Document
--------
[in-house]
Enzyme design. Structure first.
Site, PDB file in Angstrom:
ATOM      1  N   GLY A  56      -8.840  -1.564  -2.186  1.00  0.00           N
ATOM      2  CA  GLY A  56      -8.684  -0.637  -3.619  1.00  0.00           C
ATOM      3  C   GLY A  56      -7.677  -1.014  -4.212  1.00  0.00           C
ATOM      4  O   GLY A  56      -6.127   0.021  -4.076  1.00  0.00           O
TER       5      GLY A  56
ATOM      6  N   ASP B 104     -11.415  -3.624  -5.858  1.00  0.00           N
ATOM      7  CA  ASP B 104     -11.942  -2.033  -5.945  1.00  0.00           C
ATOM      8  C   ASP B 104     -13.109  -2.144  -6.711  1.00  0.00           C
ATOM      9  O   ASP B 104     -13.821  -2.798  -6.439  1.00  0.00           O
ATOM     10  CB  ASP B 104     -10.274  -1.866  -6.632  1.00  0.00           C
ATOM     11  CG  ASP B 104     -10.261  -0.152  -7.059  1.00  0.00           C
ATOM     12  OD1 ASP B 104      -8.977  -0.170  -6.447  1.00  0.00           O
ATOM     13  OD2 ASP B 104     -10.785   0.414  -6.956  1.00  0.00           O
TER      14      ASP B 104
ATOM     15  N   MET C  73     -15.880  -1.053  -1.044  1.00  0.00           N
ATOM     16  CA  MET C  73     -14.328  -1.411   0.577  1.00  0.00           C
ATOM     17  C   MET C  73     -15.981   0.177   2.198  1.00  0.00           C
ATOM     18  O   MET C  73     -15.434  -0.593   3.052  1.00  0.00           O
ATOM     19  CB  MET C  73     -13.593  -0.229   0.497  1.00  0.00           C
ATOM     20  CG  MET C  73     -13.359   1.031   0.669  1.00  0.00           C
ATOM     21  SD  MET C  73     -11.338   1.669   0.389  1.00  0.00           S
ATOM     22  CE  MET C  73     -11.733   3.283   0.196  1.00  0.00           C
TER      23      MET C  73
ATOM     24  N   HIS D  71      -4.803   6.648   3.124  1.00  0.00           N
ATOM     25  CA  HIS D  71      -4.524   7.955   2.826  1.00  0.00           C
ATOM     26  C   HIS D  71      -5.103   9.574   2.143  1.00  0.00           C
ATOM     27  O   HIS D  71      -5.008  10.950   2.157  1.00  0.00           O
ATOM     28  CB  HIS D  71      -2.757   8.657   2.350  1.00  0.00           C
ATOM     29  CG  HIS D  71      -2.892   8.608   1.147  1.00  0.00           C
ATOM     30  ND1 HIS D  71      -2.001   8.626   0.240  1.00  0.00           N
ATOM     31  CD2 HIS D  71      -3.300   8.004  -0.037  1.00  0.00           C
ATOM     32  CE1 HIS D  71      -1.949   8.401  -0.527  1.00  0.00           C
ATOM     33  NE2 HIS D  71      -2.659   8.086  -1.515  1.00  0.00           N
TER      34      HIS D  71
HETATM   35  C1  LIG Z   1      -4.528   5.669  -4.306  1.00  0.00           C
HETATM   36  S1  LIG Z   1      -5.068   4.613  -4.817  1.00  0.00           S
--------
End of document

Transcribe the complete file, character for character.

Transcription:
[in-house]
Enzyme design. Structure first.
Site, PDB file in Angstrom:
ATOM      1  N   GLY A  56      -8.840  -1.564  -2.186  1.00  0.00           N
ATOM      2  CA  GLY A  56      -8.684  -0.637  -3.619  1.00  0.00           C
ATOM      3  C   GLY A  56      -7.677  -1.014  -4.212  1.00  0.00           C
ATOM      4  O   GLY A  56      -6.127   0.021  -4.076  1.00  0.00           O
TER       5      GLY A  56
ATOM      6  N   ASP B 104     -11.415  -3.624  -5.858  1.00  0.00           N
ATOM      7  CA  ASP B 104     -11.942  -2.033  -5.945  1.00  0.00           C
ATOM      8  C   ASP B 104     -13.109  -2.144  -6.711  1.00  0.00           C
ATOM      9  O   ASP B 104     -13.821  -2.798  -6.439  1.00  0.00           O
ATOM     10  CB  ASP B 104     -10.274  -1.866  -6.632  1.00  0.00           C
ATOM     11  CG  ASP B 104     -10.261  -0.152  -7.059  1.00  0.00           C
ATOM     12  OD1 ASP B 104      -8.977  -0.170  -6.447  1.00  0.00           O
ATOM     13  OD2 ASP B 104     -10.785   0.414  -6.956  1.00  0.00           O
TER      14      ASP B 104
ATOM     15  N   MET C  73     -15.880  -1.053  -1.044  1.00  0.00           N
ATOM     16  CA  MET C  73     -14.328  -1.411   0.577  1.00  0.00           C
ATOM     17  C   MET C  73     -15.981   0.177   2.198  1.00  0.00           C
ATOM     18  O   MET C  73     -15.434  -0.593   3.052  1.00  0.00           O
ATOM     19  CB  MET C  73     -13.593  -0.229   0.497  1.00  0.00           C
ATOM     20  CG  MET C  73     -13.359   1.031   0.669  1.00  0.00           C
ATOM     21  SD  MET C  73     -11.338   1.669   0.389  1.00  0.00           S
ATOM     22  CE  MET C  73     -11.733   3.283   0.196  1.00  0.00           C
TER      23      MET C  73
ATOM     24  N   HIS D  71      -4.803   6.648   3.124  1.00  0.00           N
ATOM     25  CA  HIS D  71      -4.524   7.955   2.826  1.00  0.00           C
ATOM     26  C   HIS D  71      -5.103   9.574   2.143  1.00  0.00           C
ATOM     27  O   HIS D  71      -5.008  10.950   2.157  1.00  0.00           O
ATOM     28  CB  HIS D  71      -2.757   8.657   2.350  1.00  0.00           C
ATOM     29  CG  HIS D  71      -2.892   8.608   1.147  1.00  0.00           C
ATOM     30  ND1 HIS D  71      -2.001   8.626   0.240  1.00  0.00           N
ATOM     31  CD2 HIS D  71      -3.300   8.004  -0.037  1.00  0.00           C
ATOM     32  CE1 HIS D  71      -1.949   8.401  -0.527  1.00  0.00           C
ATOM     33  NE2 HIS D  71      -2.659   8.086  -1.515  1.00  0.00           N
TER      34      HIS D  71
HETATM   35  C1  LIG Z   1      -4.528   5.669  -4.306  1.00  0.00           C
HETATM   36  S1  LIG Z   1      -5.068   4.613  -4.817  1.00  0.00           S